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The Quiet People by Paul Cleave

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The Quiet People by Paul Cleave front cover

The title of award-winning author Paul Cleave’s new crime thriller, The Quiet People, is both straightforward and ironic. On one hand, it refers to news coverage of heinous crimes, in which neighbours so often say, ‘Unbelievable! He was always so quiet.’ On the other, the baseless accusations, the threatening social media posts, the vitriol hurled at complete strangers makes you wish more of them would indeed stay quiet.

Cameron and Lisa are crime writers based in Christchurch, New Zealand, with a string of successful books behind them. They’re also parents of seven-year-old Zach, who is euphemistically ‘a little different.’ More bluntly, he’s a terror – unpredictable, badly behaved, uncooperative.

One summer day, Cameron takes him to a fair and in a moment of inattention Zach disappears. Panicked, Cameron inadvertently frightens several nearby children, whose parents misconstrue and are furious about his so-called attacks. Soon he finds Zach in a line, placidly waiting for a turn on a ride. False alarm. But, he thinks, ‘The Bad that populates my books just whispered my name and stroked a finger down my neck.’

You know he wants to be a conscientious father, but it’s hard. At bedtime that night, Zach threatens to run away and Cameron describes how difficult life would be for him. Job, house, everything he’d have to do for himself. It’s the kind of cautionary tale parents do spin, trying to make their kids think. The next morning, Zach is gone.

Detective Inspector Rebecca Kent and her new partner DI Ben Thompson are in charge of the case and follow the usual playbook. Thompson from the first is suspicious of the parents, especially when there’s a shortage of physical clues at the house. What clues there are and everything Cameron says seems to work against him. But Cameron feels every moment he spends answering their repetitive questions is a moment he isn’t out looking for his son. Time and again, they urge him to stay put and let them do their jobs. Even Lisa seems to be questioning his reliability.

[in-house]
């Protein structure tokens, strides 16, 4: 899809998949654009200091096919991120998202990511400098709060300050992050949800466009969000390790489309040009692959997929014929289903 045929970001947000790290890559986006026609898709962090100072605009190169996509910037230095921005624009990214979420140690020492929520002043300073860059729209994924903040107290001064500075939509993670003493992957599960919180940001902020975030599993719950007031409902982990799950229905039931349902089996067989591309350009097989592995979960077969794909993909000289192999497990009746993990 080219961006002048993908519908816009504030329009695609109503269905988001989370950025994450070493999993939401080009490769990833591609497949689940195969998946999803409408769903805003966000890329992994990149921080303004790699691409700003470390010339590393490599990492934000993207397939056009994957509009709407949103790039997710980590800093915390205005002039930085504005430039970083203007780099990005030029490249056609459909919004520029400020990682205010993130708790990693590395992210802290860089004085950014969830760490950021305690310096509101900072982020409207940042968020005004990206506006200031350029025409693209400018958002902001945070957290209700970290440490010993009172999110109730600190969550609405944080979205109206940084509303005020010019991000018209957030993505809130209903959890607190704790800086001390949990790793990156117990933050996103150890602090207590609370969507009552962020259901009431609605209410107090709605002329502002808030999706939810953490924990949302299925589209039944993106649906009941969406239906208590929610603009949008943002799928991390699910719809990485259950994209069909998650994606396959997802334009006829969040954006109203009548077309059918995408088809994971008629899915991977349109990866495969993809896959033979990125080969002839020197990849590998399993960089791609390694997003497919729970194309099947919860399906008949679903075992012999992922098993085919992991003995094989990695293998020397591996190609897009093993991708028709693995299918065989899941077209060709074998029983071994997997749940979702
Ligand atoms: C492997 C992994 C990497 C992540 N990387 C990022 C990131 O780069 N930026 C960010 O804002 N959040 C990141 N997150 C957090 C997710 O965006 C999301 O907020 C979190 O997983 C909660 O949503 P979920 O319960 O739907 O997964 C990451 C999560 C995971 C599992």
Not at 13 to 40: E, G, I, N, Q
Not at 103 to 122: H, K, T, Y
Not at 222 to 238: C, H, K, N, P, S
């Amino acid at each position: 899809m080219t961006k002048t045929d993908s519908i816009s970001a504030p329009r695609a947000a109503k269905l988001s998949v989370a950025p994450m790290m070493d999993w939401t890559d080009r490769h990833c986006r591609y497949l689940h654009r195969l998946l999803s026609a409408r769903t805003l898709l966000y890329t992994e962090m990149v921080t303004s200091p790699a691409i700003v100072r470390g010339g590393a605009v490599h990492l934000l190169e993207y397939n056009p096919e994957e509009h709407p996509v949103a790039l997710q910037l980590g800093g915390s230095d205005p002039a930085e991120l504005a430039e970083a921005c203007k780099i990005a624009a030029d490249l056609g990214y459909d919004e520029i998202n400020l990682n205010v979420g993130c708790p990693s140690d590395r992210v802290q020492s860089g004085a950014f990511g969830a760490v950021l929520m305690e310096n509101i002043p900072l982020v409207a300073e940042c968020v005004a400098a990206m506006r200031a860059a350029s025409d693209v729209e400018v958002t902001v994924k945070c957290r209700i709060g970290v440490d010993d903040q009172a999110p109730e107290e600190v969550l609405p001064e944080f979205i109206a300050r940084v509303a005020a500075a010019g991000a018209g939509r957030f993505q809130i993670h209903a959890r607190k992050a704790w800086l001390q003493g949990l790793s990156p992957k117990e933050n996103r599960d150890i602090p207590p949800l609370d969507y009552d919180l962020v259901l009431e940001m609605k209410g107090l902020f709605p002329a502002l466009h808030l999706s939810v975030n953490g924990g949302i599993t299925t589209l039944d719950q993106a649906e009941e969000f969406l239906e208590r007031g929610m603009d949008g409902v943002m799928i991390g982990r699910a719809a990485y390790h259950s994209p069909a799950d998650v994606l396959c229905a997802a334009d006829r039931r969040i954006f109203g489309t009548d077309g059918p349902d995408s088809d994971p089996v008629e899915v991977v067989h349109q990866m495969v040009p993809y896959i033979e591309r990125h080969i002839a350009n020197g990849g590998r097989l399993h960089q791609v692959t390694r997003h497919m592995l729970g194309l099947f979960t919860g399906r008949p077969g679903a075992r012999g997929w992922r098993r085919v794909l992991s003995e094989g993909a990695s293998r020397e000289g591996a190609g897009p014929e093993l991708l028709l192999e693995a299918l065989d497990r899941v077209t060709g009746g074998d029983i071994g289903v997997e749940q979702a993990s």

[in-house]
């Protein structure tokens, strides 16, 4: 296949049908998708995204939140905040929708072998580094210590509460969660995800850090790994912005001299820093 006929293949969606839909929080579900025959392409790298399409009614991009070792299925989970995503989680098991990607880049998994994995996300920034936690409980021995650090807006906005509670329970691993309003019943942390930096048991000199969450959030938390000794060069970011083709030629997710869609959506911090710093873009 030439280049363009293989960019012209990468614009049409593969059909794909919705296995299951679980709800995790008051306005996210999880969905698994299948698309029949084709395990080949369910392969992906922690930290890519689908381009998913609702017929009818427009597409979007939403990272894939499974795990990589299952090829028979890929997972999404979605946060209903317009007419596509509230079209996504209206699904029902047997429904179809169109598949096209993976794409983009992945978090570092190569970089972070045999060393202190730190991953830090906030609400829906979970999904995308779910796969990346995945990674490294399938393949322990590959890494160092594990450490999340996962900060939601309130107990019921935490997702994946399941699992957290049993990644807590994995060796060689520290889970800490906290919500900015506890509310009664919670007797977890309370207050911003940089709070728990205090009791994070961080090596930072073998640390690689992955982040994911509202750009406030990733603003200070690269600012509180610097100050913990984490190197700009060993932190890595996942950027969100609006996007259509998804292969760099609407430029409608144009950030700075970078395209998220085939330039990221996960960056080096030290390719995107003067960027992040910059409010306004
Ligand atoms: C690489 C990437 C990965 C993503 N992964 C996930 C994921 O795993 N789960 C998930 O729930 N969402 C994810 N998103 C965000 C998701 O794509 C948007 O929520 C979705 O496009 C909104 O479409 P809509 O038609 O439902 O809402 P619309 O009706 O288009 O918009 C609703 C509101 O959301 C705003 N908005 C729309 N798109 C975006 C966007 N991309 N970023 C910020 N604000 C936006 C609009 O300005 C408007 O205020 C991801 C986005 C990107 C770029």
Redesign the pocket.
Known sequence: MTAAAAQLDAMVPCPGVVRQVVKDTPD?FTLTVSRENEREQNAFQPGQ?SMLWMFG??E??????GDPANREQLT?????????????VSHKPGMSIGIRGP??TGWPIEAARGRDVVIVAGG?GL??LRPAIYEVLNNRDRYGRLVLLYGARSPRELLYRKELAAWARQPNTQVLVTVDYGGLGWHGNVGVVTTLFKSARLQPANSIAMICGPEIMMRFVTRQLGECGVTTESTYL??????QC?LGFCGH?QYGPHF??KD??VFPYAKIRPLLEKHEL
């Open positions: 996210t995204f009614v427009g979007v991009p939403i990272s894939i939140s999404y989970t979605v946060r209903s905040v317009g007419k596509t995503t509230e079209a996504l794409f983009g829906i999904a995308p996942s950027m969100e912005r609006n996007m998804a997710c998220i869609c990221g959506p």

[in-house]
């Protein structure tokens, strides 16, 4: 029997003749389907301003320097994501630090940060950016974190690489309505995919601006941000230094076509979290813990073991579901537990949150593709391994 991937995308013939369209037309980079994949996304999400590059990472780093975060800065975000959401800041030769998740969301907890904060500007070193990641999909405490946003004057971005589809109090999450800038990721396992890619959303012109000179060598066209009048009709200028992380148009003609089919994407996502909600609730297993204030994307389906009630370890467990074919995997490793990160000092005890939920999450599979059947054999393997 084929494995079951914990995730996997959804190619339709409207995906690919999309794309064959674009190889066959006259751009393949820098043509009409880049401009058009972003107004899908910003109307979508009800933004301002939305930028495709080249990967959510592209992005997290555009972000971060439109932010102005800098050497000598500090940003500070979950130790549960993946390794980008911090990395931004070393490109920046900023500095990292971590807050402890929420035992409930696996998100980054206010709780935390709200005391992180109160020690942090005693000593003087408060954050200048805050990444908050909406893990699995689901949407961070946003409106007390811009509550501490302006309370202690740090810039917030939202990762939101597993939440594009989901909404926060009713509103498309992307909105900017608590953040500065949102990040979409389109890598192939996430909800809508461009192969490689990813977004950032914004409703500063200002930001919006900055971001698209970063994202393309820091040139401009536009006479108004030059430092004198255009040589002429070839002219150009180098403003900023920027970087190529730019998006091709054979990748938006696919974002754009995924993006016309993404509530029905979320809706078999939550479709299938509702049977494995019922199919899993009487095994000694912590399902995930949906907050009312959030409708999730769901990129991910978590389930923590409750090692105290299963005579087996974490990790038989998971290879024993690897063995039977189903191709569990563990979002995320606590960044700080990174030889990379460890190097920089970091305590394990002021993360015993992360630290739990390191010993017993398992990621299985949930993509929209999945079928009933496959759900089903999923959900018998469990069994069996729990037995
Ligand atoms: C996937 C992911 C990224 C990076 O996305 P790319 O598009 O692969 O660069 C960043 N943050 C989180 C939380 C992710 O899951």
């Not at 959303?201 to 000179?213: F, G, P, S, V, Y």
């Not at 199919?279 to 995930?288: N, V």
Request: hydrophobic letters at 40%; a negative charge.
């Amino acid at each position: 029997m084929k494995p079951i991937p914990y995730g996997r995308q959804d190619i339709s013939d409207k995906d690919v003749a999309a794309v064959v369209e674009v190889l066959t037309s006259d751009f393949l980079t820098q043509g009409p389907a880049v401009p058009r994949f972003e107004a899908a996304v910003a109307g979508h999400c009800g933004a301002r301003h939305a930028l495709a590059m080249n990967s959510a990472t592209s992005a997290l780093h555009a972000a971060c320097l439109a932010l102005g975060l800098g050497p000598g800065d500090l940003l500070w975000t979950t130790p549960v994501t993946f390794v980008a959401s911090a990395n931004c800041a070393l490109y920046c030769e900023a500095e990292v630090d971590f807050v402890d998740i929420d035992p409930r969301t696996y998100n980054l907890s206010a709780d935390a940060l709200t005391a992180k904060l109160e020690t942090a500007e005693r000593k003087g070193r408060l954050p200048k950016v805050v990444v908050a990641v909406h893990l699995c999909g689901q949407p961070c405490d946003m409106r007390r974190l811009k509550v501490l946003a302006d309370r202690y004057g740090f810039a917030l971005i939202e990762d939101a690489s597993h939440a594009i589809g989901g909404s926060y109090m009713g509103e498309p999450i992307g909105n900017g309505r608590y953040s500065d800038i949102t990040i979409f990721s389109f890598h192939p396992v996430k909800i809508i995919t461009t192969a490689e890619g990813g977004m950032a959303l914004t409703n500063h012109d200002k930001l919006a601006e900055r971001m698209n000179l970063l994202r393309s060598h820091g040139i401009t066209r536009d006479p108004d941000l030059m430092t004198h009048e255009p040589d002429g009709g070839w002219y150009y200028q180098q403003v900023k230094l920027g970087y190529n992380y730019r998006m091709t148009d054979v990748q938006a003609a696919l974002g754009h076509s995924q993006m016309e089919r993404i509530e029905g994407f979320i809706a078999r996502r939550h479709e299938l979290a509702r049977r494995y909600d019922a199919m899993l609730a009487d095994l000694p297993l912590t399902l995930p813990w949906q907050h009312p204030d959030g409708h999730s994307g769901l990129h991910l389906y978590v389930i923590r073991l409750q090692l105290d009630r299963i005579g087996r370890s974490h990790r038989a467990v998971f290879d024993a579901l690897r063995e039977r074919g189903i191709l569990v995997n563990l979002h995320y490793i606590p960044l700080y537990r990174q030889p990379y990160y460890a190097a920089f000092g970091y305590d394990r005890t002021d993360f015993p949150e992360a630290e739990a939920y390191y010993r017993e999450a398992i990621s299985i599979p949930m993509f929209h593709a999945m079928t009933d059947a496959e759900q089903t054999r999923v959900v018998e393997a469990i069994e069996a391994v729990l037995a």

Cameron narrates much of the story, which enables a deep look into his psyche, in the manner of a psychological thriller. Chapters about the police work, by contrast, are in third-person, and read more like a police procedural.

A short prologue reveals that Zach and another boy have been kidnapped by a known paedophile named Lucas Pittman. For us readers, this justifies Cameron’s frenzy and makes the police’s slow progress excruciating. Pittman has been questioned and his house searched, but the detectives did not find the well-camouflaged basement room where the boys are hidden.

At a too-hastily assembled news conference, Cameron can’t stick to the script. Baited by a disreputable journalist, he loses his temper on live television. The journo – Dallas Lockwood – once tried to sell Cameron and Lisa a story idea similar to a book they’d just finished. Even though the book’s editorial calendar showed how long they’d been working on it, Lockwood has persisted in claiming they stole his idea.

Now the circus really starts. The police suspect the distressed parents; growing crowds incited by social media picket the house, yell at them from the street, and call Cameron a child killer. As each new piece of evidence comes to light, the crowds and wild accusations grow. Kent keeps upping the police presence, but it’s never enough. Worse, she suspects a police source is feeding Dallas Lockwood with evidence.

The news coverage is disastrous. Old footage of Cameron and Lisa giving talks at writers’ conferences making jokes like ‘we kill people for a living’ are shown without the ensuing laughter. Planning a perfect murder would be something a crime writer could quite naturally do, right? An arrest seems inevitable and imminent.

At this point, you might think Cameron has hit bottom. Oh, no. Things get much worse, partly of his own making. It’s a testament to author Cleave’s skill that, as Cameron becomes increasingly unhinged, he has become such a compelling and believable character that you’re ready to follow him along a quite dark path. Meanwhile the bad calls the police have made are precipitating a crisis of conscience for Kent.  

There’s much more to come, and while many books are promoted as page turners, this truly is one! The narrative just ploughs ahead through this absolute nightmare, much like Cameron himself. While you might wish Cameron were more judicious in his words and actions and able to keep his temper on a tighter rein, probably a great many people would react as he does. The sympathy you have for his plight makes for a highly character-driven read. There isn’t a strong sense of New Zealand here, but that doesn’t matter. Human behaviour, in all its social media-fueled excess, seems to be the same everywhere.

Also try A Map of the Dark by Karen Ellis or check our feature on New Zealand crime fiction.

Orenda Books
Print/Kindle
£3.79

CFL Rating: 5 Stars


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